Image credit: Cover of Killing Commendatore by Haruki Murakami. Murakami from Penguin Books

No Friend But the Mountains by Behrouz Boochani. While we put up social walls to keep people alive, walls have also been used as instruments to keep people out. This book is a penetrating meditation on the deliberate exclusion of asylum seekers and refugees from Australia’s political concern and moral life. Boochani exposes the horrors of Australia’s overseas detention centres in its rawest form. He describes in excruciating detail everything from its putrid and revolting living conditions to the invisible systems of insidious control that strip away one’s own sense of identity. The narrative is punctuated with stanzas of poetry written in the Kurdish-Iranian tradition, giving it a surreal and almost magical quality. This is a consciousness raising autobiographical fiction book that captures its characters’ futile attempt to transcend the walls imposed around them.

Image Credit: Cover of No Friend But the Mountains by Behrouz Boochani from Pan Macmillan Australia

Who Owns History? by Geoffrey Robertson QC. Colonialism is one of the few historical processes that continues to have an enduring impact. Geoffrey Robertson brings this to the fore in his new book, where he lays bare the ahistorical, unsubstantiated and illogical justifications of almost-exclusively Western and wealthy museums which refuse to return stolen artefacts to their rightful owners. He takes as his central case study the British Museum’s refusal to repatriate the marbles of the Athenian Parthenon to Greece. While he focuses on this act of blatant vandalism and unconscionable theft to demonstrate the injustices of the past, he also looks towards the creation of a human rights approach to the repatriation of stolen artefacts and the creation of a more just world where institutions such as the British Museum cease to be instruments in the process of recolonisation.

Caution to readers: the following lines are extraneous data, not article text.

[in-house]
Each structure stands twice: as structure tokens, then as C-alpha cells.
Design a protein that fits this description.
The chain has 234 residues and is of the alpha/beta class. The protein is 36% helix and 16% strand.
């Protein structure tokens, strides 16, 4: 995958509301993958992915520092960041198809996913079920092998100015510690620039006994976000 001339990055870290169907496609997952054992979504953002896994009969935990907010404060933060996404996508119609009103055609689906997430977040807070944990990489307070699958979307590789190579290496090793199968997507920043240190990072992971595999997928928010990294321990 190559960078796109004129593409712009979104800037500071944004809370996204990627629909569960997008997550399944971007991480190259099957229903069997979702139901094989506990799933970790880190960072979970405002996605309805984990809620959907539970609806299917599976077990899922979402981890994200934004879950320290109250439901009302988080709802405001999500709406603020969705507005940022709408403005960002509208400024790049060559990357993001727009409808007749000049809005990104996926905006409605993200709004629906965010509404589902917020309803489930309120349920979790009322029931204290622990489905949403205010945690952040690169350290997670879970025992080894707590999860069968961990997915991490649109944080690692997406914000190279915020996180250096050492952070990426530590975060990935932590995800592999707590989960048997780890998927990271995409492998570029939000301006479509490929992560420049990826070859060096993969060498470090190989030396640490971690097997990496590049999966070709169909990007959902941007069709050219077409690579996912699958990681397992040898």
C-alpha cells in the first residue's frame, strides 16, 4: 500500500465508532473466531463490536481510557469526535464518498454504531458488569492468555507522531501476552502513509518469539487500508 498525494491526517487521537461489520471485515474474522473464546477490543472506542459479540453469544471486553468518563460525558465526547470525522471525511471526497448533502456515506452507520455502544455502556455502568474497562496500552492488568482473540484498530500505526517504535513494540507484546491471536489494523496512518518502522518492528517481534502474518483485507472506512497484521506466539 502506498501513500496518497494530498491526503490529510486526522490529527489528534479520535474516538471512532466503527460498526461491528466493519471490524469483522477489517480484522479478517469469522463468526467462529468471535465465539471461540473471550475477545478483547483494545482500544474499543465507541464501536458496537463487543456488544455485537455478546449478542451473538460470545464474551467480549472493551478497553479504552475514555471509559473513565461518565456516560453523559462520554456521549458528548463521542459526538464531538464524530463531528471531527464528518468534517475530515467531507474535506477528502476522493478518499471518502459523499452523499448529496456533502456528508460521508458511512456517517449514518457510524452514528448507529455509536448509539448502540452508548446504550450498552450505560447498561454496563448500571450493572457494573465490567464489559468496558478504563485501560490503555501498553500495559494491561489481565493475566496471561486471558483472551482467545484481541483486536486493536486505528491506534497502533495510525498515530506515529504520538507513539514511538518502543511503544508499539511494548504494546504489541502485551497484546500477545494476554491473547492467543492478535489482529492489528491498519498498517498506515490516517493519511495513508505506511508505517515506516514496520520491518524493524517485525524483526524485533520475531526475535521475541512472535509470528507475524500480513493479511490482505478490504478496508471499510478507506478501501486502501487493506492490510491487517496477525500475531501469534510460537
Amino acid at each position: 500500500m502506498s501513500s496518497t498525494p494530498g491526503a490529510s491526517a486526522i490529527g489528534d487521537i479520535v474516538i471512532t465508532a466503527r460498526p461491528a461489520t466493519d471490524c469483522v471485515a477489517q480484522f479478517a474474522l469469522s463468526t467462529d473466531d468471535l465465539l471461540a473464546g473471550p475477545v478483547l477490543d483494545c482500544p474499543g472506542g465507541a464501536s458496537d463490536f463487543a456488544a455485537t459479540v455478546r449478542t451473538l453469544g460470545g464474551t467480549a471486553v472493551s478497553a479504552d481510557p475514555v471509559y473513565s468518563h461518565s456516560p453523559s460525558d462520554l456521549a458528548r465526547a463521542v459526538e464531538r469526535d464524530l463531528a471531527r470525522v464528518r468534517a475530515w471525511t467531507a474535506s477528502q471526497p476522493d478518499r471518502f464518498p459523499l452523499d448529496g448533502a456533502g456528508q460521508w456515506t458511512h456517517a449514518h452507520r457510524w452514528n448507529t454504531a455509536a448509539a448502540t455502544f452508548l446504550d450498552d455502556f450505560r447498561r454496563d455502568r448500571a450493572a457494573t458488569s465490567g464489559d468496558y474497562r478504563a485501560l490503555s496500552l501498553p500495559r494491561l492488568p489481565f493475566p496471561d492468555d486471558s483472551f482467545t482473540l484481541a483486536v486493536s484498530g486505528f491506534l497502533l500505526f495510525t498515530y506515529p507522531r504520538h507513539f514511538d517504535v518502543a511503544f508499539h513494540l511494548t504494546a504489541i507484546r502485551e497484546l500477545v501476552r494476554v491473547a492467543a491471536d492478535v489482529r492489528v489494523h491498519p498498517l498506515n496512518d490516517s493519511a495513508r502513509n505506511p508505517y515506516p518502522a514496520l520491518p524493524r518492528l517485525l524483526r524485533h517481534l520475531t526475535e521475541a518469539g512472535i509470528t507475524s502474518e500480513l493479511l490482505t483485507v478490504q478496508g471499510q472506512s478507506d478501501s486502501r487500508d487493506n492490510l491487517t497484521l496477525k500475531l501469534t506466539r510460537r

Image Credit: Cover of Who Owns History by Geoffrey Robertson QC from Goodreads

Client Earth by James Thornton and Martin Goodman. While the Earth cannot speak out, there is a firm of lawyers who are speaking up. Enter ClientEarth — a global legal charity that holds governments and companies to account on behalf of the Earth and the environment. This book, co-written by ClientEarth’s CEO and founder, traces the development of global environmental law and advocacy from the 1970s to the present. It is filled in intriguing anecdotes about small local campaigns to larger reflections on the global structures that place profits above the environment. This is compulsory reading for anyone who wants to understand how the law can be used to effect positive change in favour of those without a voice — whether it be the Earth or its future and yet-to-be-born inhabitants.

Image Credit: Cover of Client Earth by James Thornton and Martin Goodman from Scribe Publications